Kaye has expressed his concerns about Twitter's "opaque" policy of removing Kashmir's content.

(Web Desk) – Twitter has blocked nearly a million tweets from accounts that focus on Kashmir at the behest of the Indian government, according to a report by US weekly magazine ‘Newsweek’ that referred to an investigation carried out by the Committee to Protect Journalists (CPJ).

According to the report that quotes findings of a study by New York-based CPJ – an independent organisation working to promote press freedom worldwide – hundreds of thousands of tweets blocked in India since August 2017 under the Twitter’s country withheld content policy were shared by accounts that focused on Kashmir.

The CPJ retrieved requests sent by Indian authorities to Twitter between August 2017 and August this year from Lumen, an open database.

Almost 100 accounts have been made inaccessible to the people in the held territory. It showed that Twitter agreed to block more accounts in the territory.

UN special rapporteur for freedom of expression David Kaye told the Committee that Indian government is after Twitter because it has been a significant source of information sharing for journalists, activists and citizens in Kashmir.

Twitter has been accused of bowing to Indian censorship and suppressing freedom of speech in Kashmir. It comes as council elections were held across the Indian-occupied Kashmir on Thursday. The elections followed almost three months of severe crackdown on free expression beginning with New Delhi’s revocation of the area’s autonomy on August 5.

The CPJ found 53 letters sent by Indian government to Twitter that asked it to block all, or part of, 400 accounts during the period. Around 45 per cent of those accounts mentioned Kashmir in the handle or bio, or had recently tweeted about Kashmir, according to CPJ’s review. Thirteen of the 53 requests listing several hundred URLs were sent by the Indian election commission around the 2019 general election. The remaining 40 were sent by the Indian Ministry of Electronic and Information Technology.

In August this year alone, nine legal requests were sent to Twitter specifying 20 accounts and 24 tweets when the communications blackout in occupied Kashmir began – a considerable spike from the preceding months.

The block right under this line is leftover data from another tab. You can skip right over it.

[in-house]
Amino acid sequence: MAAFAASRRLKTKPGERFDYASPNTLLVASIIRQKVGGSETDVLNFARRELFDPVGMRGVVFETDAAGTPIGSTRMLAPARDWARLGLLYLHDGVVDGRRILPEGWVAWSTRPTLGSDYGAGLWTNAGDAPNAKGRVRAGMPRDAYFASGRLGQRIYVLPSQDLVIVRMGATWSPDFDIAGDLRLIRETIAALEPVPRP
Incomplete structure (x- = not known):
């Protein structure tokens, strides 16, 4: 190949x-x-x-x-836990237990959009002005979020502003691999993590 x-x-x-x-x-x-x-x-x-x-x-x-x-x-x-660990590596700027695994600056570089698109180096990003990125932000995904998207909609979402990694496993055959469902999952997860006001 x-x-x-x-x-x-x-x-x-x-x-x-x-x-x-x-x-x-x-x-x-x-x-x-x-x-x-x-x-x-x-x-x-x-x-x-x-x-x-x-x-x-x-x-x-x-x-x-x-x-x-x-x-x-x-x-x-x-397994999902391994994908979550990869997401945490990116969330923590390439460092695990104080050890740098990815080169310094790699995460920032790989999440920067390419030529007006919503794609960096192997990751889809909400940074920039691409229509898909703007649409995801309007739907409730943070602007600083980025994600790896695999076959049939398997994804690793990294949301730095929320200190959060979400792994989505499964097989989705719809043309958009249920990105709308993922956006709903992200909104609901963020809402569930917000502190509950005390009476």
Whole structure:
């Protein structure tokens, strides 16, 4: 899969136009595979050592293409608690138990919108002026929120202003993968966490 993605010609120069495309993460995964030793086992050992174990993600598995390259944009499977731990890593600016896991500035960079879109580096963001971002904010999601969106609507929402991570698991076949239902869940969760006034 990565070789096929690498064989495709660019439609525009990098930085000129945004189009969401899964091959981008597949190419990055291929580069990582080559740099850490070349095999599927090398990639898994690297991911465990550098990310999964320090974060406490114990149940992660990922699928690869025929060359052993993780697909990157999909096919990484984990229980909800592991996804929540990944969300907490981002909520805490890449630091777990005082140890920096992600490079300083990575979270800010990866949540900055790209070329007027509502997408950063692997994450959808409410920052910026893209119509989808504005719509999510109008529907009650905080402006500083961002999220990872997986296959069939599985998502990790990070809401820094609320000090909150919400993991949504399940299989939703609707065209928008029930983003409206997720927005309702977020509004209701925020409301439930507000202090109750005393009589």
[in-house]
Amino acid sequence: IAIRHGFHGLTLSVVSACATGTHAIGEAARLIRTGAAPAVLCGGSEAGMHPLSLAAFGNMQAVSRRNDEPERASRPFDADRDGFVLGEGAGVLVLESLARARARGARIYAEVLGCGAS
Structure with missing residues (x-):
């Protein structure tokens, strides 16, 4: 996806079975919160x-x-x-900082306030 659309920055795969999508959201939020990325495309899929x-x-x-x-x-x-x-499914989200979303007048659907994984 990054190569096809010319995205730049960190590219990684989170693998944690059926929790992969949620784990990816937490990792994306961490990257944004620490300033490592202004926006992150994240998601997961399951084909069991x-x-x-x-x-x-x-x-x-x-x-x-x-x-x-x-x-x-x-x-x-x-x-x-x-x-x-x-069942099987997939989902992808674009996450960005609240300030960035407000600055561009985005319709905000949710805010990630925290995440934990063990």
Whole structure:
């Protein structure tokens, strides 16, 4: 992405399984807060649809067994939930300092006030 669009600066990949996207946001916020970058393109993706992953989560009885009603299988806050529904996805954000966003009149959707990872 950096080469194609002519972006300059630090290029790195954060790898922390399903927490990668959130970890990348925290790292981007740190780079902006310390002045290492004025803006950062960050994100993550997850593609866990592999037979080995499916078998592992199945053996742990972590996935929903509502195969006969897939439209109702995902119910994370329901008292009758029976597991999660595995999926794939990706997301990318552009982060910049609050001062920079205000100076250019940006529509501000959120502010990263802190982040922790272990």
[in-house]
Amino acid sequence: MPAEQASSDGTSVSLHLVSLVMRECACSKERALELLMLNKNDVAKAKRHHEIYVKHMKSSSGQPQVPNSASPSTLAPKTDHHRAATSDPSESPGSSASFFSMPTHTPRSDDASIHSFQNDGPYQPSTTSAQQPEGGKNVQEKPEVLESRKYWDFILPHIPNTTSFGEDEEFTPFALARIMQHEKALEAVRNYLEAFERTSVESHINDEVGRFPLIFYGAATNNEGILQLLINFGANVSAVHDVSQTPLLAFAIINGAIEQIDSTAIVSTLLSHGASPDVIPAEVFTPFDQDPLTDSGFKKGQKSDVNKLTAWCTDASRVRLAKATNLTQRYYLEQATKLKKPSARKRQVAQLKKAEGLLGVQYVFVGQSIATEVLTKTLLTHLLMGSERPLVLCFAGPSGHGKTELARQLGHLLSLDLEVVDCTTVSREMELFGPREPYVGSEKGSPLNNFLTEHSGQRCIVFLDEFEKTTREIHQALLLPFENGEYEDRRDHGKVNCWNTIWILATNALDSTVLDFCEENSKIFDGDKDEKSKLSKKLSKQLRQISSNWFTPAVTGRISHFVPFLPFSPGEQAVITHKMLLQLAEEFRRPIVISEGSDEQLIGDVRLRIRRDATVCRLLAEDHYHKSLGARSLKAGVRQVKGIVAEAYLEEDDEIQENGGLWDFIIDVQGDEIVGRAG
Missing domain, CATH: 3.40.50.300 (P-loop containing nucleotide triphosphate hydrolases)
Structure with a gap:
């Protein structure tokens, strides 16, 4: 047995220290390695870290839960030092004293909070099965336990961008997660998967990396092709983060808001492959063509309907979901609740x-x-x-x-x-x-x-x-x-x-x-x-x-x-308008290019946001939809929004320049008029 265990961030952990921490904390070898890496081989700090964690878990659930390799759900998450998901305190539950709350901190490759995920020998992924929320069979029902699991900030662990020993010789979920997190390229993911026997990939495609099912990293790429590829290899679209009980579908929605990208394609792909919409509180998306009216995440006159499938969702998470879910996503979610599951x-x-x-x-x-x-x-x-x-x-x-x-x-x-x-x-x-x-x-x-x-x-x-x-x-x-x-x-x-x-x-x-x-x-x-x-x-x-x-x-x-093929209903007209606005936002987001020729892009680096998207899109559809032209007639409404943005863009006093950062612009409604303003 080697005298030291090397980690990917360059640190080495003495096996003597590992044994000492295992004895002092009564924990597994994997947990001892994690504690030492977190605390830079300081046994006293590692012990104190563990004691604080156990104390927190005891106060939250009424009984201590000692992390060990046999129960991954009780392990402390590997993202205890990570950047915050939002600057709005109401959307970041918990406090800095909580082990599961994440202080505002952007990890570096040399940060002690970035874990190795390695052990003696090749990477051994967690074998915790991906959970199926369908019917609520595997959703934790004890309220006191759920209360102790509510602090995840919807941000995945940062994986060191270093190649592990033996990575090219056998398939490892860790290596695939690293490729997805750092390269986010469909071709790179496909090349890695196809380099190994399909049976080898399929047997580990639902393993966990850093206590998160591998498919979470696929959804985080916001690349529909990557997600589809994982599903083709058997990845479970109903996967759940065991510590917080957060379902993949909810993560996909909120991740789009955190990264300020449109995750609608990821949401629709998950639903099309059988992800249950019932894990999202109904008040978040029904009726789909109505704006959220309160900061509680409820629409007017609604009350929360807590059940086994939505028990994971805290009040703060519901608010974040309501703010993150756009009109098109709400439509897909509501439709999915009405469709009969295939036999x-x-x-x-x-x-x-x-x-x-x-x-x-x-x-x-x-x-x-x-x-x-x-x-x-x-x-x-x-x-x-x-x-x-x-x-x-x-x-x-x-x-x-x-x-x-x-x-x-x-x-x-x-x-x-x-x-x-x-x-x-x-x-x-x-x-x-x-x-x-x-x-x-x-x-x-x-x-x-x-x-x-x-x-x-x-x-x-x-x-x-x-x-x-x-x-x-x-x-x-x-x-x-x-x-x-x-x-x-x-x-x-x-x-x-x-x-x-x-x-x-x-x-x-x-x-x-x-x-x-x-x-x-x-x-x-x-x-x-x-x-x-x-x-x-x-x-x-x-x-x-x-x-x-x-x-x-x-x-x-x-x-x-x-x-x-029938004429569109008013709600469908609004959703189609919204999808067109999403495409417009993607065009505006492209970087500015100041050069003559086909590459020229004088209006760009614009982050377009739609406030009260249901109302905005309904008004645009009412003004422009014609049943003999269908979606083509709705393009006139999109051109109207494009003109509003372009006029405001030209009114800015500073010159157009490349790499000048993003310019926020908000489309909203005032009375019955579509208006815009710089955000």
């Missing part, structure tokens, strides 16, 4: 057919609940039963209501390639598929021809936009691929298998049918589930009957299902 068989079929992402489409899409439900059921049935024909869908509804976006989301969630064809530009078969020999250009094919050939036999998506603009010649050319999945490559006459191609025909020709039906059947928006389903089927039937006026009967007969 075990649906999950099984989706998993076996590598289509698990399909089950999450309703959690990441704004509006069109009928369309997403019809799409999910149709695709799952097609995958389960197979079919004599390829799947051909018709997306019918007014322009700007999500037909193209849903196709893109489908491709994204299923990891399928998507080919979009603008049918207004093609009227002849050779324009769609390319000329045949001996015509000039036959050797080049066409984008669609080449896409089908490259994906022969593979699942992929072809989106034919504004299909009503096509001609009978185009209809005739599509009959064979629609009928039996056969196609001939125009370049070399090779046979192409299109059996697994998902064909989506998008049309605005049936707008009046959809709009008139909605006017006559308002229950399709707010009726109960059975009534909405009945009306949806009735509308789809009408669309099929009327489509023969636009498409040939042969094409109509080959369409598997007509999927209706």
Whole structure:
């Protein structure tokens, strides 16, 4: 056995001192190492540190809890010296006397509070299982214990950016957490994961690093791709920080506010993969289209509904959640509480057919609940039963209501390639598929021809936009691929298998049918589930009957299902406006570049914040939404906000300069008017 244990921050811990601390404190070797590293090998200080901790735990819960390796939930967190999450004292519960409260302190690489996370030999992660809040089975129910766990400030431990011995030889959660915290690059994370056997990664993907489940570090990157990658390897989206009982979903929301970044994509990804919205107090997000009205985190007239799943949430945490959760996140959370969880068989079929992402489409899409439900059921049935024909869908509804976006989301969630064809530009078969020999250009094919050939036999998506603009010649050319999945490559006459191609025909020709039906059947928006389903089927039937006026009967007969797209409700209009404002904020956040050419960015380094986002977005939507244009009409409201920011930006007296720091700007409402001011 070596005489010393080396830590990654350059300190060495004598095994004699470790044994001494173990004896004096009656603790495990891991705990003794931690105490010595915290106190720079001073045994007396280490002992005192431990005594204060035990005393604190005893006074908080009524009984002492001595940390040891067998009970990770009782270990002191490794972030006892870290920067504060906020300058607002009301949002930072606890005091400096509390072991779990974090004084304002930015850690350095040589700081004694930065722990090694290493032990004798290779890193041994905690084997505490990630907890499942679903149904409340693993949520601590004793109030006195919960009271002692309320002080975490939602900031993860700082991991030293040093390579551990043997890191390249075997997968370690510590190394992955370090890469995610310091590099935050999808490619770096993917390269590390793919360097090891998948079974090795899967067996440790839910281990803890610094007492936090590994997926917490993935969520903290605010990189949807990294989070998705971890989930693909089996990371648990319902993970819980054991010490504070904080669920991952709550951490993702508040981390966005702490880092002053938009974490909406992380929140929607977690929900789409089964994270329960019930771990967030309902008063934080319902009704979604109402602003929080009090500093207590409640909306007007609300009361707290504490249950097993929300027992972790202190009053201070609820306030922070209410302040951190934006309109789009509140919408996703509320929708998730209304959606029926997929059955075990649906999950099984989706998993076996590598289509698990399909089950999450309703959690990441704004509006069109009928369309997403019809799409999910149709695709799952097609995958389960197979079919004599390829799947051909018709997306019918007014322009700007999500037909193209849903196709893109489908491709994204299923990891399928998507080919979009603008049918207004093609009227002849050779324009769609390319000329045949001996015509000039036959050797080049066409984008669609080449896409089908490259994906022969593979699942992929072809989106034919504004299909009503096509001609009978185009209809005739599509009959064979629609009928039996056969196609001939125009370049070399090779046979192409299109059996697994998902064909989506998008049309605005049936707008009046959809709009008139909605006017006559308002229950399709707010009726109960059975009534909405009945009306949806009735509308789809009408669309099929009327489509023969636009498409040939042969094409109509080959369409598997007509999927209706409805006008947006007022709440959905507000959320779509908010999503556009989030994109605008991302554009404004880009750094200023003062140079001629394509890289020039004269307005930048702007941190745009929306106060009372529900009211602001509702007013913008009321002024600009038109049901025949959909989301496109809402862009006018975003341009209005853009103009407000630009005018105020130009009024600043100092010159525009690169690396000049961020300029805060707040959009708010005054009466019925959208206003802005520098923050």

Ninety-three of the 400 accounts were withheld in India when CPJ tested them in September and October.

The vast majority of the withheld accounts were from the group that referenced Kashmir, hosting over 920,000 tweets between them, the CPJ found.

Data released by Twitter to Harvard University’s Berkman Klein Center and its Lumen project, which was then published publicly and analysed by the CPJ, showed that legal notices to the company directing them to take down tweets or accounts started to spike in August of 2017.

Since that time, Twitter agreed to uphold 131 of the 4,722 requests from Indian officials to remove content. That stands in stark contrast to the one approved request following roughly 900 requests made between 2012 and 2017.

Although the percentages may seem small, each request can contain scores of tweets and accounts. Since August of 2017, over 920,000 tweets that referenced Kashmir were removed.

The 131 upheld requests also make up 51% of all accounts withheld by Twitter worldwide.

"It totally makes sense the Indian government would go after Twitter and Twitter users, because Twitter as a platform is a really significant source of information sharing, for journalists and activists and regular citizens in Kashmir," David Kaye, the U.N. special rapporteur for freedom of opinion and expression, told CPJ.

Kaye has previously expressed his concerns about Twitter’s "opaque" policy of removing content related to Kashmir at the behest of India, writing a letter to CEO Jack Dorsey in 2018 stating that the company needs to do more to challenge Indian censorship.

Experts told the CPJ that Twitter could do more to fight the legal notices in court – an avenue, the experts said, has not been explored.

In response to accusations of censorship in how the company handles the government requests, a spokesperson for Twitter said: "Many countries have laws that may apply to tweets and/or Twitter account content.

"There is a transparent process for governments or authorized legal entities around the world to submit requests to Twitter.
"Twitter is committed to the principles of openness, transparency, and impartiality."

Reuters reported that roughly 4,000 people were detained by mid-September following the move, with journalists, activists and politicians among them, however, the CPJ’s findings show that the crackdown on Twitter users – abetted by the company – started more than two years ago.